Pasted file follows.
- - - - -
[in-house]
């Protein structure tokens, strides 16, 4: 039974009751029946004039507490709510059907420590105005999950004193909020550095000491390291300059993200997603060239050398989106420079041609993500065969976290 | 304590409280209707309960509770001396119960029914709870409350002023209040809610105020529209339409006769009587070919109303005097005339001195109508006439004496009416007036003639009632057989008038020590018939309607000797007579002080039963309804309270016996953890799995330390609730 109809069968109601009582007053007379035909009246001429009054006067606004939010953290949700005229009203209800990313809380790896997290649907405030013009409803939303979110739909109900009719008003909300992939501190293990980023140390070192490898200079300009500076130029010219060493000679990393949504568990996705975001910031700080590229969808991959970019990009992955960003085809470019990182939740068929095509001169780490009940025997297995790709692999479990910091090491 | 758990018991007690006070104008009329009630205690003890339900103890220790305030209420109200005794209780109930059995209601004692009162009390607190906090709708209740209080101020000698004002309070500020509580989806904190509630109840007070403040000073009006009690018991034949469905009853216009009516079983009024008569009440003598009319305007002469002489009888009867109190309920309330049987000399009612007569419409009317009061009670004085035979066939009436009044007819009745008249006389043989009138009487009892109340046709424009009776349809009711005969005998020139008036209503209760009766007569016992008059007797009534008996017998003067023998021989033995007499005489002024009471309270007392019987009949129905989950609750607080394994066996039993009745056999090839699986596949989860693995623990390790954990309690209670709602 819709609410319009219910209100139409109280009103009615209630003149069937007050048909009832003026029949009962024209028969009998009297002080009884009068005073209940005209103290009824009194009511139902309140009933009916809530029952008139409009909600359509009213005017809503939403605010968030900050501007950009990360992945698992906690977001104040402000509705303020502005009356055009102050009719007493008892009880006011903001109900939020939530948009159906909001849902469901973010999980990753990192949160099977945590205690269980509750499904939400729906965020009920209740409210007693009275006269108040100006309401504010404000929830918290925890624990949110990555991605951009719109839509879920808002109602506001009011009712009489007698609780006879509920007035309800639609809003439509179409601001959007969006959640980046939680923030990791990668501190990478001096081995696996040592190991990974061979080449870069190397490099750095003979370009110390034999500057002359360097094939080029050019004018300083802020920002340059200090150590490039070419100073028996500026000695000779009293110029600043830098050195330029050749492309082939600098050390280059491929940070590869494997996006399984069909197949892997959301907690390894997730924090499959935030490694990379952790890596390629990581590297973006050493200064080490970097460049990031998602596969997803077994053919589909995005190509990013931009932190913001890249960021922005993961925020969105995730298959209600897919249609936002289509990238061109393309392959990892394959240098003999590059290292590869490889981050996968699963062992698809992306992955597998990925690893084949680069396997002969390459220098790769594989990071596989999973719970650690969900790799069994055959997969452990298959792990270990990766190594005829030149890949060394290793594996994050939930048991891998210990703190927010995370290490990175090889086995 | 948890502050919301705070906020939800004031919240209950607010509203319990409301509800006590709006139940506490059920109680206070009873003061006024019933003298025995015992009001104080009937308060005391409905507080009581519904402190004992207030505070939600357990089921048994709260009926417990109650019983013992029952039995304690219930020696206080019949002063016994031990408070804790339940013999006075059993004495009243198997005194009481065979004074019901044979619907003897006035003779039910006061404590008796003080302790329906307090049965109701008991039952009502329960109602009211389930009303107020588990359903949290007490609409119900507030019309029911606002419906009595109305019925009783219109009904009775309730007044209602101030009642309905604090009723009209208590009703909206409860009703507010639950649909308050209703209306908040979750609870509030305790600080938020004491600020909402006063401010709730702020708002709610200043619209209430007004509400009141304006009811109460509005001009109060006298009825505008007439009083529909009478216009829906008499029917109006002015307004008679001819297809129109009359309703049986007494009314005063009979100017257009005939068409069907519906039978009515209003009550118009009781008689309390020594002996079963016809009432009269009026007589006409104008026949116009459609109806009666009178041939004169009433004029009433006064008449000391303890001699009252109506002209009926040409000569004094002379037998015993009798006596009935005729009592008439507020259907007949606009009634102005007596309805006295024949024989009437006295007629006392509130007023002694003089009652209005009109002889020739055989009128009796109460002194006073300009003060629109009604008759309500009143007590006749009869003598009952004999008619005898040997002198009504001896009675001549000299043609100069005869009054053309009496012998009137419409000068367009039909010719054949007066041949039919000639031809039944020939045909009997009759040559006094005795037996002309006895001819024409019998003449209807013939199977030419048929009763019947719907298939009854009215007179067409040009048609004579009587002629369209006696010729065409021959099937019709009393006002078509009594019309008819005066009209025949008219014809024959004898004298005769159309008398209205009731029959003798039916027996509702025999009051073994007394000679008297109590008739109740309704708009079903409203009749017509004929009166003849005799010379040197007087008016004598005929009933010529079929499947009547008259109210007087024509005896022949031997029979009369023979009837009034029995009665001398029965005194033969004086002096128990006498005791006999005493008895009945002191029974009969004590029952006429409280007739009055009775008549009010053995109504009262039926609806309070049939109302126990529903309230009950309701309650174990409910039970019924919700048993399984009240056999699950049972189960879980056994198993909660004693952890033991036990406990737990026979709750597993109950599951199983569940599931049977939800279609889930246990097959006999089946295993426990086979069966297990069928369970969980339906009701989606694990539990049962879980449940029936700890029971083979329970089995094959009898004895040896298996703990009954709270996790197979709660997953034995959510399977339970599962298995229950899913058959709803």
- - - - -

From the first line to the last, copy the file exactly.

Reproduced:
[in-house]
């Protein structure tokens, strides 16, 4: 039974009751029946004039507490709510059907420590105005999950004193909020550095000491390291300059993200997603060239050398989106420079041609993500065969976290 | 304590409280209707309960509770001396119960029914709870409350002023209040809610105020529209339409006769009587070919109303005097005339001195109508006439004496009416007036003639009632057989008038020590018939309607000797007579002080039963309804309270016996953890799995330390609730 109809069968109601009582007053007379035909009246001429009054006067606004939010953290949700005229009203209800990313809380790896997290649907405030013009409803939303979110739909109900009719008003909300992939501190293990980023140390070192490898200079300009500076130029010219060493000679990393949504568990996705975001910031700080590229969808991959970019990009992955960003085809470019990182939740068929095509001169780490009940025997297995790709692999479990910091090491 | 758990018991007690006070104008009329009630205690003890339900103890220790305030209420109200005794209780109930059995209601004692009162009390607190906090709708209740209080101020000698004002309070500020509580989806904190509630109840007070403040000073009006009690018991034949469905009853216009009516079983009024008569009440003598009319305007002469002489009888009867109190309920309330049987000399009612007569419409009317009061009670004085035979066939009436009044007819009745008249006389043989009138009487009892109340046709424009009776349809009711005969005998020139008036209503209760009766007569016992008059007797009534008996017998003067023998021989033995007499005489002024009471309270007392019987009949129905989950609750607080394994066996039993009745056999090839699986596949989860693995623990390790954990309690209670709602 819709609410319009219910209100139409109280009103009615209630003149069937007050048909009832003026029949009962024209028969009998009297002080009884009068005073209940005209103290009824009194009511139902309140009933009916809530029952008139409009909600359509009213005017809503939403605010968030900050501007950009990360992945698992906690977001104040402000509705303020502005009356055009102050009719007493008892009880006011903001109900939020939530948009159906909001849902469901973010999980990753990192949160099977945590205690269980509750499904939400729906965020009920209740409210007693009275006269108040100006309401504010404000929830918290925890624990949110990555991605951009719109839509879920808002109602506001009011009712009489007698609780006879509920007035309800639609809003439509179409601001959007969006959640980046939680923030990791990668501190990478001096081995696996040592190991990974061979080449870069190397490099750095003979370009110390034999500057002359360097094939080029050019004018300083802020920002340059200090150590490039070419100073028996500026000695000779009293110029600043830098050195330029050749492309082939600098050390280059491929940070590869494997996006399984069909197949892997959301907690390894997730924090499959935030490694990379952790890596390629990581590297973006050493200064080490970097460049990031998602596969997803077994053919589909995005190509990013931009932190913001890249960021922005993961925020969105995730298959209600897919249609936002289509990238061109393309392959990892394959240098003999590059290292590869490889981050996968699963062992698809992306992955597998990925690893084949680069396997002969390459220098790769594989990071596989999973719970650690969900790799069994055959997969452990298959792990270990990766190594005829030149890949060394290793594996994050939930048991891998210990703190927010995370290490990175090889086995 | 948890502050919301705070906020939800004031919240209950607010509203319990409301509800006590709006139940506490059920109680206070009873003061006024019933003298025995015992009001104080009937308060005391409905507080009581519904402190004992207030505070939600357990089921048994709260009926417990109650019983013992029952039995304690219930020696206080019949002063016994031990408070804790339940013999006075059993004495009243198997005194009481065979004074019901044979619907003897006035003779039910006061404590008796003080302790329906307090049965109701008991039952009502329960109602009211389930009303107020588990359903949290007490609409119900507030019309029911606002419906009595109305019925009783219109009904009775309730007044209602101030009642309905604090009723009209208590009703909206409860009703507010639950649909308050209703209306908040979750609870509030305790600080938020004491600020909402006063401010709730702020708002709610200043619209209430007004509400009141304006009811109460509005001009109060006298009825505008007439009083529909009478216009829906008499029917109006002015307004008679001819297809129109009359309703049986007494009314005063009979100017257009005939068409069907519906039978009515209003009550118009009781008689309390020594002996079963016809009432009269009026007589006409104008026949116009459609109806009666009178041939004169009433004029009433006064008449000391303890001699009252109506002209009926040409000569004094002379037998015993009798006596009935005729009592008439507020259907007949606009009634102005007596309805006295024949024989009437006295007629006392509130007023002694003089009652209005009109002889020739055989009128009796109460002194006073300009003060629109009604008759309500009143007590006749009869003598009952004999008619005898040997002198009504001896009675001549000299043609100069005869009054053309009496012998009137419409000068367009039909010719054949007066041949039919000639031809039944020939045909009997009759040559006094005795037996002309006895001819024409019998003449209807013939199977030419048929009763019947719907298939009854009215007179067409040009048609004579009587002629369209006696010729065409021959099937019709009393006002078509009594019309008819005066009209025949008219014809024959004898004298005769159309008398209205009731029959003798039916027996509702025999009051073994007394000679008297109590008739109740309704708009079903409203009749017509004929009166003849005799010379040197007087008016004598005929009933010529079929499947009547008259109210007087024509005896022949031997029979009369023979009837009034029995009665001398029965005194033969004086002096128990006498005791006999005493008895009945002191029974009969004590029952006429409280007739009055009775008549009010053995109504009262039926609806309070049939109302126990529903309230009950309701309650174990409910039970019924919700048993399984009240056999699950049972189960879980056994198993909660004693952890033991036990406990737990026979709750597993109950599951199983569940599931049977939800279609889930246990097959006999089946295993426990086979069966297990069928369970969980339906009701989606694990539990049962879980449940029936700890029971083979329970089995094959009898004895040896298996703990009954709270996790197979709660997953034995959510399977339970599962298995229950899913058959709803």